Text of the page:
¡VIVA! Festival Returns to HOME Manchester for its 28th Edition| 24 February, 2022
Barely six months since its last edition, The UK’s largest and most popular celebration of Spanish and Latin American culture – ¡Viva! Festival – returns to HOME Manchester for its 28th film fiesta, which runs 18 March-7 April.
With 14 titles from Latin America making up more than half the 2022 programme, the Latin American offering spans a diverse range of peoples and stories. There are tales of UFO cults in Peru, a Jewish-Argentine spy in 1960s Buenos Aires, lesbian activists in 1970s Mexico, and the Kukama river people of the Amazon region, amongst the films from Argentina, Brazil, Chile, Colombia, Costa Rica, Dominican Republic, Mexico and Peru. As always, the festival also includes a selection of the most exciting contemporary Spanish cinema, in addition to two archive screenings from Spanish director Luis García Berlanga this year, as well as director Q&As, and special events such as the ever-popular Café Cervantes Spanish-language get-together and the Language Lab study session.
Four Latin American films will receive their UK premiere at the 28th edition of ¡Viva! In Contactado (Contactee), Mariana Rondón and Marité Ugas, the filmmaking duo behind the 2013 San Sebastian Golden Seashell winner Pelo Malo, turn their attention to the weird and wonderful world of cults, alien conspiracy theories and Andean legends that all swirl around the city of Lima. Meanwhile, from Argentina, Gabriel Matías Lichtmann’s La estrella roja (The Red Star) is an inventive, genre-bending romp based on a fascinating mythical heroine, Laila Salama, a Jewish Argentine spy here credited with a role in the 1960 kidnapping of Nazi war criminal Adolf Eichmann in Buenos Aires. Joan Gómez Endara´s El árbol rojo (The Red Tree) and Henry Rincón´s La ciudad de las fieras (The City of Wild Beasts) both take us deep into the Colombian mountains to examine the bonds that are formed between intergenerational relations.
Also from Colombia, which features the majority of films from the Latin American countries on show this year, are Simón Mesa Soto´s Amparo and Juan Sebastián Mesa´s La Roya (The Rust). Soto´s debut feature Amparo, which had its premiere in the Critics Week section in Cannes last year, is an intense, semi-autobiographical tale in which a single mother has just two fraught days to rescue her 18 year old son from being actively drawn into Colombia’s civil conflict after he is forcibly recruited into the military. In La Roya, set against the background of a coffee plantation in Antioquia, city and countryside are placed in contrast with one another through the story of a man who is the only one of generation not to migrate to the city.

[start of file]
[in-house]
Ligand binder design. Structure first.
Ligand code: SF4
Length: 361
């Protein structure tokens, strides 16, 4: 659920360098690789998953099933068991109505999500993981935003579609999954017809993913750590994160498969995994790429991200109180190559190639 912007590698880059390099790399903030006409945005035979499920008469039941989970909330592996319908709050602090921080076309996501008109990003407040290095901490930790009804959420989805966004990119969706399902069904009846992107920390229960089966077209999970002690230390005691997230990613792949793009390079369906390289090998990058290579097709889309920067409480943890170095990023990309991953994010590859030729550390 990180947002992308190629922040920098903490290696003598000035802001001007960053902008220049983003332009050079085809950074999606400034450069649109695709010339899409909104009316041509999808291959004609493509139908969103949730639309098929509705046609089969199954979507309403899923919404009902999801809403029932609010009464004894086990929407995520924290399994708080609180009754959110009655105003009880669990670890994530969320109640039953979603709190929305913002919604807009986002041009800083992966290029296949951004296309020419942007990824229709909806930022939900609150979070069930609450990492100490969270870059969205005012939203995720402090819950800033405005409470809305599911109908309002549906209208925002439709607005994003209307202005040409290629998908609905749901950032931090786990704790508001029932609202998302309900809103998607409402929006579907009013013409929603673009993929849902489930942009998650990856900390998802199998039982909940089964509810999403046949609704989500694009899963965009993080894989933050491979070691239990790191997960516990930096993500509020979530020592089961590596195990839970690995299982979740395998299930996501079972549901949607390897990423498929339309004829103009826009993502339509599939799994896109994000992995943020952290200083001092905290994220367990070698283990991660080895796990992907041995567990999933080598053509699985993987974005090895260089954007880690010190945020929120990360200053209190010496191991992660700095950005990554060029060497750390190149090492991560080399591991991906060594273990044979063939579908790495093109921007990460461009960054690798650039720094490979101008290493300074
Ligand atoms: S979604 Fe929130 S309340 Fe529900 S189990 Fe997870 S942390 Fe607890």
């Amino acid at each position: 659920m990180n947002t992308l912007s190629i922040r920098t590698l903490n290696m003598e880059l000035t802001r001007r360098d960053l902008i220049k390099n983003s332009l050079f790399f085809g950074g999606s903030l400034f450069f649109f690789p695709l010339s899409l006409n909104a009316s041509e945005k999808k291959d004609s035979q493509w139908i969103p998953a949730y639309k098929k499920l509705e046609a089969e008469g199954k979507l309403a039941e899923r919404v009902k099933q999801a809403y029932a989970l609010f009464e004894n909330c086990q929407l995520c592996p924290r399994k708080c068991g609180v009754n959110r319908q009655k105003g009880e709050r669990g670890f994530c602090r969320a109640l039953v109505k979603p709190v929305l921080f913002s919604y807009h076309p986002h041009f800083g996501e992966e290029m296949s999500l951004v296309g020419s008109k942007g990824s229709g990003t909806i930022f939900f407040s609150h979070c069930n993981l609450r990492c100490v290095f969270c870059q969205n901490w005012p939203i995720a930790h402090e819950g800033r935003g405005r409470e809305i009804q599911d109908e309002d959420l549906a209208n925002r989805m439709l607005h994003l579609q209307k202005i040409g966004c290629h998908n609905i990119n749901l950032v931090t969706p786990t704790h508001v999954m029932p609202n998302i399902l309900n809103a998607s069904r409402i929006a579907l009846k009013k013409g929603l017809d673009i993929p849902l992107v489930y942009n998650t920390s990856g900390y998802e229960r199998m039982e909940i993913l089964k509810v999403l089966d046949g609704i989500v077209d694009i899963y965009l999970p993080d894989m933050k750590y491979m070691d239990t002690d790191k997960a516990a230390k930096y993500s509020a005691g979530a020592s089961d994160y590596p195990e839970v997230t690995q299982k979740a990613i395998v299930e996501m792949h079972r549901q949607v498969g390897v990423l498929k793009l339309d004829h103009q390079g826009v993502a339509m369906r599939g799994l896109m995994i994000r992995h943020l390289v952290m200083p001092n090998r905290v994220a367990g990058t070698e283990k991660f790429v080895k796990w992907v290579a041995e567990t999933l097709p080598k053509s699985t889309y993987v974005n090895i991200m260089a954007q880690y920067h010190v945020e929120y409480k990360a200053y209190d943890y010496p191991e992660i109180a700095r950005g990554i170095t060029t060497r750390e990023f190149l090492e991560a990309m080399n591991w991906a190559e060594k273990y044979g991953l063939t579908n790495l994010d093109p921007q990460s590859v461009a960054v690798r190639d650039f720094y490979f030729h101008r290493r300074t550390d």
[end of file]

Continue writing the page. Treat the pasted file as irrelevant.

In addition to the premieres, there will also be special introductions for four other films. Nathalie Alvarez Mesen’s Clara Sola, a multi-award winning and mesmerising tale of self-discovery from Costa Rica, will receive a special preview screening, with an introduction from Dr Carmen Herrero from Manchester Metropolitan University. From Argentina, Micaela Gonzalo’s La chica nueva (The New Girl) and Félix Juan Pablo’s Karnawal, are set at opposite ends of the country with La chica nueva based in the remote southern province of Tierra del Fuego, and Karnawal in the atmospheric borderlands between Argentina and Bolivia in the north. Finally, Rachel Hayward, HOME’s Head of Film, will introduce Ivan Herrera’s Bantú Mama, a contemporary tale from the Dominican Republic about a deliberately different kind of re-encounter between Africa and the Caribbean.
Completing the Latin American line-up are four more films that reveal the often-underrepresented peoples and marginalised groups in Latin America. Tatiana Claudia Castillo´s short Un amor en rebeldía (A Rebellion for Love) looks at the instrumental role played by Yan María Castro in Mexico of the 70s, as one of the founders of the of the first lesbian organisations in a context of discrimination and repression. Nudo mixteco, from Ángeles Cruz, another Mexican female filmmaker, centres on three indigenous women challenging the toxicity of a patriarchal culture. Mis hermanos sueñan despiertos (My Brothers Dream Awake) the second feature from Mapuche director Claudia Huaiquimilla examines the lives of a group of youths in a juvenile prison in the south of Chile which society has all but abandoned. In contrast, Miguel Araoz´s short animated film Y así aparecieron los ríos (And That’s How The Rivers Came To Be) takes us into the magical and beautiful world of the Kukama people who navigate the vast winding rivers of the Amazon region, reminding us of our sacred connection to water.
Tickets for the 28th ¡Viva! Spanish and Latin American Festival are now on sale. The full programme can be viewed here.
Follow Sounds and Colours: Facebook / Twitter / Instagram / Mixcloud / Soundcloud / Bandcamp
Subscribe to the Sounds and Colours Newsletter for regular updates, news and competitions bringing the best of Latin American culture direct to your Inbox.